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Re: Image map resizing

From: Andrea Rendine <master.skywalker.88@gmail.com>
Date: Sun, 15 Mar 2015 18:02:49 +0100
Message-ID: <CAGxST9=ia---gtMWH5MXWdJ_Fa1nrsgpXapjPK3ubnG5WndNtw@mail.gmail.com>
To: "public-html@w3.org LIST" <public-html@w3.org>
The problem in the age of HTML4 could also be a poor implementation on the
UAs side. The fact is, everybody resorted to use animated Flash image maps
but nobody used native technology. Exactly what happened later for videos
and animations (features for which the new elements <video> and <canvas>
have been developed). And vendors have adapted.
What I ask for is a correction of an existing feature which would help a
lot for a number of reasons, also because the map itself does not need to
be next to the image and can be in any other part of the page itself.

Actually I had two different proposals, and I will write them here:

   1. Maps should present coordinates relative to the default image
   dimensions (i.e. according to @width and @height, or to dimensions fetched
   from the image file). Visual user agents dealing with <area> elements
   inside <map@resize> should store coordinates starting values, then apply
   CSS transformations, storing width and height stretch/shrink ratio, then
   apply these ratios respectively to horizontal and vertical coordinates, and
   after these passages areas should be rendered properly. In order not to
   break with existing projects where maps are made with reference to the
   final apperance of the image, <map> should have a new boolean attribute
   @resize. Only image maps with this attribute should be resized with native
   UAs techniques.

   This is a first scenario. Its major issue is that it could be
   incompatible with JS solutions used in legacy installments: if JS is
   completely discarded, then resize scripts are disabled. But scripts used
   for animating areas would be lost as well, because there's no way to tell
   them apart (I don't even know if anything similar exists).

   2. (secondary) IMHO this is a better idea but it requires some more
   guessing. Relative coordinates: numbers in the coords attributes could be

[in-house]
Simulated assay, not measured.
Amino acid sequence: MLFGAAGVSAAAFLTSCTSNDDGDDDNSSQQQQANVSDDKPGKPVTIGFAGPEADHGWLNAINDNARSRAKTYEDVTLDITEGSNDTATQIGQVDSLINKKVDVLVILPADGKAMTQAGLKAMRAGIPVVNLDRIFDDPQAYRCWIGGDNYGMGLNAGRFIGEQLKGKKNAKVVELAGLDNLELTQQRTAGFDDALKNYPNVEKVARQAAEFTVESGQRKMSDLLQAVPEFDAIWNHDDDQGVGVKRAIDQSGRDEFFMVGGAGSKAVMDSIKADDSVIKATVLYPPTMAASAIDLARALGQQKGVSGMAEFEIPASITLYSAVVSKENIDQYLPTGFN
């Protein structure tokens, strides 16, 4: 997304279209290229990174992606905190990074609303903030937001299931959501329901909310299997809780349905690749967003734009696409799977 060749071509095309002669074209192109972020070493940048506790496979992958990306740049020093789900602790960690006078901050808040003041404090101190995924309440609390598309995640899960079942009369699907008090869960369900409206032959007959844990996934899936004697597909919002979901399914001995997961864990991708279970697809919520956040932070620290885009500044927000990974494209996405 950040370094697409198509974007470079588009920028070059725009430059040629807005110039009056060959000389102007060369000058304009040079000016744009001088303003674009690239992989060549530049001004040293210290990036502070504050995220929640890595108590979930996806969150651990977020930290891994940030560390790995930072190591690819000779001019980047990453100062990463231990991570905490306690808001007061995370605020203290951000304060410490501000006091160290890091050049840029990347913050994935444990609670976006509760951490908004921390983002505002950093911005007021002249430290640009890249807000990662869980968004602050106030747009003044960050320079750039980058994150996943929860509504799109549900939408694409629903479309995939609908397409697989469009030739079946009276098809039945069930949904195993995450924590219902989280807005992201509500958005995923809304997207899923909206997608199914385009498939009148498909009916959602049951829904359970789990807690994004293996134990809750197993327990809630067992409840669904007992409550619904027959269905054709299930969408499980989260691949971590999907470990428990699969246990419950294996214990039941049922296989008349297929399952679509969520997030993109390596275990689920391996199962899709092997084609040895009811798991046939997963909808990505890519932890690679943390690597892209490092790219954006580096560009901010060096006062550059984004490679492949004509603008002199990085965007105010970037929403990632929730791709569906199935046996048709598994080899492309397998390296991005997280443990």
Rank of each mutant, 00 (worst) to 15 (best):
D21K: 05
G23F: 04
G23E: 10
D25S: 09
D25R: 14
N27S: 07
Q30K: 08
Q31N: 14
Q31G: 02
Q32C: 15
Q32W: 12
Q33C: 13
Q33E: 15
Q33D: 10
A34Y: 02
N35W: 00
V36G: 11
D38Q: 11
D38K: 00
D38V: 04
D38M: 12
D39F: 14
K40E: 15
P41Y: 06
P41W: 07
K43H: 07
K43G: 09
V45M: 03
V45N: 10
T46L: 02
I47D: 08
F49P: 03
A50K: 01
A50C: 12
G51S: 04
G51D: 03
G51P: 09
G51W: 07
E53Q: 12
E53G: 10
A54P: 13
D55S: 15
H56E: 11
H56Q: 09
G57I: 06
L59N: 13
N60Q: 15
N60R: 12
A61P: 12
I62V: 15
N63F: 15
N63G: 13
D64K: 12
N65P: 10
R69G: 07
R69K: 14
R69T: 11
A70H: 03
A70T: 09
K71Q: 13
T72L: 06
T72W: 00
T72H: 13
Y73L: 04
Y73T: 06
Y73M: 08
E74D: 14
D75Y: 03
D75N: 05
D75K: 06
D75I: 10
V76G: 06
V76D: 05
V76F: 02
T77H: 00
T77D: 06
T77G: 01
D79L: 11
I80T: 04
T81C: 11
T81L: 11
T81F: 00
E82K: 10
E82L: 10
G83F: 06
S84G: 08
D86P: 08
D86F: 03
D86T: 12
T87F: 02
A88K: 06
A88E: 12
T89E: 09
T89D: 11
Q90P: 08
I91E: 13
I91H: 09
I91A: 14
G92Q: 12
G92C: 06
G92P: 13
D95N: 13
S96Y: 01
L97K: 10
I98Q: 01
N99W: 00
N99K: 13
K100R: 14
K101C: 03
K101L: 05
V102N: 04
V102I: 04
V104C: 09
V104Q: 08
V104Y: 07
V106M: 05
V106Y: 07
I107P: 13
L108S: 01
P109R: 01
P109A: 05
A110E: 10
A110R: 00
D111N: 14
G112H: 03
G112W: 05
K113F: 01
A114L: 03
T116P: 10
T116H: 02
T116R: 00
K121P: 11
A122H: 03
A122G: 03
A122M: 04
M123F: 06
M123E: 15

expressed with percent values, so calculations would also be easier to
   achieve and more immediate to understand (it should be noted that this
   would require floating-point values in most cases, as integer numbers
   wouldn't be precise enough).

I don't know what HTML4 used to say about percentage coordinates. What I do
know is that modern user agents don't know what to do with percentage
coordinates. Chrome treats them as pixel and that's all. IE and FF (they
behave quite similarly in some case and this is weird) treat them as pixel
for "rect" state, while circles and polygons disappear (I guess).

2015-03-06 3:12 GMT+01:00 Boris Zbarsky <bzbarsky@mit.edu>:

> On 3/5/15 7:04 PM, Andrea Rendine wrote:
>
>> Coordinates in area elements are absolute
>> and refer to distances and measures in pixels
>>
>
> I believe in HTML 4 coordinates could be percentages and no one ever
> implemented that...  Would that help things somewhat?
>
>  It can't be a matter of lacking interest on the part of authors and/or
>> vendors: if the element is not usable as it is *today*, then of course
>> nobody can effectively use it and vendors don't guess too much about an
>> unused feature.
>>
>
> The element wasn't used much at all for many years before people worried
> about responsive design...  I've never quite understood why, since it _is_
> in fact pretty useful, but that's the way it was.
>
> -Boris
>
>
>
Received on Sunday, 15 March 2015 17:03:15 UTC

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